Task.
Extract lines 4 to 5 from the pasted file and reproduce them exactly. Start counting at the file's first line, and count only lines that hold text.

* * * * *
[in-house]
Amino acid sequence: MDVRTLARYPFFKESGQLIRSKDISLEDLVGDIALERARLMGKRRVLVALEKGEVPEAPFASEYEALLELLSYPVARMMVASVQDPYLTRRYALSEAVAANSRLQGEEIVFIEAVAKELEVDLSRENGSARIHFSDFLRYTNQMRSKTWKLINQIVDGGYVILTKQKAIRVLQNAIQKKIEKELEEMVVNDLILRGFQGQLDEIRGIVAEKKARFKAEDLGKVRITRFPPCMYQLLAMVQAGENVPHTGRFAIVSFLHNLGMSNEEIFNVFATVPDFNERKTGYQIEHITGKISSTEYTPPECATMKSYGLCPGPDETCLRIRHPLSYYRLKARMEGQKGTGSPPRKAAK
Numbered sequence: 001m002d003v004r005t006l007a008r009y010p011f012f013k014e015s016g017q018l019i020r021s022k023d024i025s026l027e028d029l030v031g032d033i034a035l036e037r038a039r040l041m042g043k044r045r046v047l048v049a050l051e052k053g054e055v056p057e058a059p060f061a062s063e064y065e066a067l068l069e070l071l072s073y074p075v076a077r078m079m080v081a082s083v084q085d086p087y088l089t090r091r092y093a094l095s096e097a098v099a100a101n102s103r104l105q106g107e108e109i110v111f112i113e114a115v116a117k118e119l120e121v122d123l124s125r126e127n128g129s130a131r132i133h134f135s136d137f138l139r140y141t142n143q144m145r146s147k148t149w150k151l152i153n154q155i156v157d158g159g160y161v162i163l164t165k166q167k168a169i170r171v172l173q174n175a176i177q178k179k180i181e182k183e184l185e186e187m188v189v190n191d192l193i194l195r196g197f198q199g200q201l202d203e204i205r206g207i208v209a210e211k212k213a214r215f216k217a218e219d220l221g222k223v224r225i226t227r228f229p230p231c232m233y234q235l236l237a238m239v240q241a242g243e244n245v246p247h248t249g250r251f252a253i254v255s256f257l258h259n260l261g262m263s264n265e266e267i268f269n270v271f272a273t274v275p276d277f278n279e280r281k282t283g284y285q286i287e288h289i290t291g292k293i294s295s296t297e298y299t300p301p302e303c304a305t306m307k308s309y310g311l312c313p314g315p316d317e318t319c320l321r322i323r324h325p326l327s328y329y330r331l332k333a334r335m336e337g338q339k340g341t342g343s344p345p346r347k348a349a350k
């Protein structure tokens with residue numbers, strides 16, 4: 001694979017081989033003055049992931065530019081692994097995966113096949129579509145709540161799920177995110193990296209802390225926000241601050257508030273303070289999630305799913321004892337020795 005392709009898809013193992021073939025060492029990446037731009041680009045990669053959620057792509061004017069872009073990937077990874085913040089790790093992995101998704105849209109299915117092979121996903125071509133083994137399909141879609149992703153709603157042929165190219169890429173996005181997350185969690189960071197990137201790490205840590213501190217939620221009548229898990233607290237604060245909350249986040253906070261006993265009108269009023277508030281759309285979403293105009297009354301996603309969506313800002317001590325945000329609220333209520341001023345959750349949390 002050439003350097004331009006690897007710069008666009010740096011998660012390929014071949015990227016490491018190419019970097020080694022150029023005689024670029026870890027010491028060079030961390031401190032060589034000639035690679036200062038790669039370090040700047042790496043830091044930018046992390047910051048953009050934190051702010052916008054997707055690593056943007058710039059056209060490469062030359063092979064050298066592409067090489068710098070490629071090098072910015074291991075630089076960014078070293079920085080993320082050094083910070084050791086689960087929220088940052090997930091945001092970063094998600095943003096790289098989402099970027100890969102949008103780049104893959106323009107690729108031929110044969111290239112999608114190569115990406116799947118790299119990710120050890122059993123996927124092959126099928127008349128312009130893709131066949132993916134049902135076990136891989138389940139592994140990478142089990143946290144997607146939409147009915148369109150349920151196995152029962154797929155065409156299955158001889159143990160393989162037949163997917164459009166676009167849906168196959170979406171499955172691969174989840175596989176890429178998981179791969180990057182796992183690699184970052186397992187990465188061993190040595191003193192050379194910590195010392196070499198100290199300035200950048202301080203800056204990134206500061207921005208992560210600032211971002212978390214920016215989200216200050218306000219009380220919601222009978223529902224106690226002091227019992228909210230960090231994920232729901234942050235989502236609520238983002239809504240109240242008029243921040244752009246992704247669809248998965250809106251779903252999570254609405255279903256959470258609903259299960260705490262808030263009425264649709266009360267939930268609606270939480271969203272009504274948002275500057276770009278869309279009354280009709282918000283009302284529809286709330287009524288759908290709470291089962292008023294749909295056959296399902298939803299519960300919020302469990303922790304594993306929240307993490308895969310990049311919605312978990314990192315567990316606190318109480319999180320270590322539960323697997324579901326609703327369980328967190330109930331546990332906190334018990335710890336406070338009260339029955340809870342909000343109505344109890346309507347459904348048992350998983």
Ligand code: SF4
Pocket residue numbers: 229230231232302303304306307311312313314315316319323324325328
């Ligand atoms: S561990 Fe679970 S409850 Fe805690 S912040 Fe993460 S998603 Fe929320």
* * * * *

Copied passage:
């Protein structure tokens with residue numbers, strides 16, 4: 001694979017081989033003055049992931065530019081692994097995966113096949129579509145709540161799920177995110193990296209802390225926000241601050257508030273303070289999630305799913321004892337020795 005392709009898809013193992021073939025060492029990446037731009041680009045990669053959620057792509061004017069872009073990937077990874085913040089790790093992995101998704105849209109299915117092979121996903125071509133083994137399909141879609149992703153709603157042929165190219169890429173996005181997350185969690189960071197990137201790490205840590213501190217939620221009548229898990233607290237604060245909350249986040253906070261006993265009108269009023277508030281759309285979403293105009297009354301996603309969506313800002317001590325945000329609220333209520341001023345959750349949390 002050439003350097004331009006690897007710069008666009010740096011998660012390929014071949015990227016490491018190419019970097020080694022150029023005689024670029026870890027010491028060079030961390031401190032060589034000639035690679036200062038790669039370090040700047042790496043830091044930018046992390047910051048953009050934190051702010052916008054997707055690593056943007058710039059056209060490469062030359063092979064050298066592409067090489068710098070490629071090098072910015074291991075630089076960014078070293079920085080993320082050094083910070084050791086689960087929220088940052090997930091945001092970063094998600095943003096790289098989402099970027100890969102949008103780049104893959106323009107690729108031929110044969111290239112999608114190569115990406116799947118790299119990710120050890122059993123996927124092959126099928127008349128312009130893709131066949132993916134049902135076990136891989138389940139592994140990478142089990143946290144997607146939409147009915148369109150349920151196995152029962154797929155065409156299955158001889159143990160393989162037949163997917164459009166676009167849906168196959170979406171499955172691969174989840175596989176890429178998981179791969180990057182796992183690699184970052186397992187990465188061993190040595191003193192050379194910590195010392196070499198100290199300035200950048202301080203800056204990134206500061207921005208992560210600032211971002212978390214920016215989200216200050218306000219009380220919601222009978223529902224106690226002091227019992228909210230960090231994920232729901234942050235989502236609520238983002239809504240109240242008029243921040244752009246992704247669809248998965250809106251779903252999570254609405255279903256959470258609903259299960260705490262808030263009425264649709266009360267939930268609606270939480271969203272009504274948002275500057276770009278869309279009354280009709282918000283009302284529809286709330287009524288759908290709470291089962292008023294749909295056959296399902298939803299519960300919020302469990303922790304594993306929240307993490308895969310990049311919605312978990314990192315567990316606190318109480319999180320270590322539960323697997324579901326609703327369980328967190330109930331546990332906190334018990335710890336406070338009260339029955340809870342909000343109505344109890346309507347459904348048992350998983």
Ligand code: SF4